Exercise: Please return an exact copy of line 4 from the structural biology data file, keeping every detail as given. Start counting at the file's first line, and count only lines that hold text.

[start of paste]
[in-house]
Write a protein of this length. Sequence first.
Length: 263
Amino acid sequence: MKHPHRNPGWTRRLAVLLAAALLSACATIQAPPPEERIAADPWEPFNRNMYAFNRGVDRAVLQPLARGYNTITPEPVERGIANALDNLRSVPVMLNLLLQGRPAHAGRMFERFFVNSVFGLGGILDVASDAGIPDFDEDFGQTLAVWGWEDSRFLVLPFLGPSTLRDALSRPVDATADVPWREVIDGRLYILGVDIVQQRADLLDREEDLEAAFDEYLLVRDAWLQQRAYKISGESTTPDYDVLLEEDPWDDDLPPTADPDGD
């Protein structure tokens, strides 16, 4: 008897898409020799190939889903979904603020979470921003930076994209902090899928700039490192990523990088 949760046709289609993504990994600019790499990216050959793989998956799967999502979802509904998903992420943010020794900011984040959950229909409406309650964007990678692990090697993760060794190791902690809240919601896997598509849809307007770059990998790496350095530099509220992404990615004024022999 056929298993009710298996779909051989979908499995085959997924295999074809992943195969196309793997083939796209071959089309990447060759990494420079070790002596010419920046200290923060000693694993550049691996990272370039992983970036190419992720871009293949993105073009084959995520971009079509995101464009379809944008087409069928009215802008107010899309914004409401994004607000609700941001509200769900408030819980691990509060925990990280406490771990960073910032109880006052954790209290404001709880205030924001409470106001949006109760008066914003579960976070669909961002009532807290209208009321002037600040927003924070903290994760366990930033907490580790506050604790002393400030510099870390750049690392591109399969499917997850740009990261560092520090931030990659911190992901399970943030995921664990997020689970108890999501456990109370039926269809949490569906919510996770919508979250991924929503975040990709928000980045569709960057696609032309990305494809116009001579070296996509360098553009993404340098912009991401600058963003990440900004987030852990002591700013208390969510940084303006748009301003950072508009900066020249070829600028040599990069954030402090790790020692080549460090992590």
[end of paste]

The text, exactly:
Amino acid sequence: MKHPHRNPGWTRRLAVLLAAALLSACATIQAPPPEERIAADPWEPFNRNMYAFNRGVDRAVLQPLARGYNTITPEPVERGIANALDNLRSVPVMLNLLLQGRPAHAGRMFERFFVNSVFGLGGILDVASDAGIPDFDEDFGQTLAVWGWEDSRFLVLPFLGPSTLRDALSRPVDATADVPWREVIDGRLYILGVDIVQQRADLLDREEDLEAAFDEYLLVRDAWLQQRAYKISGESTTPDYDVLLEEDPWDDDLPPTADPDGD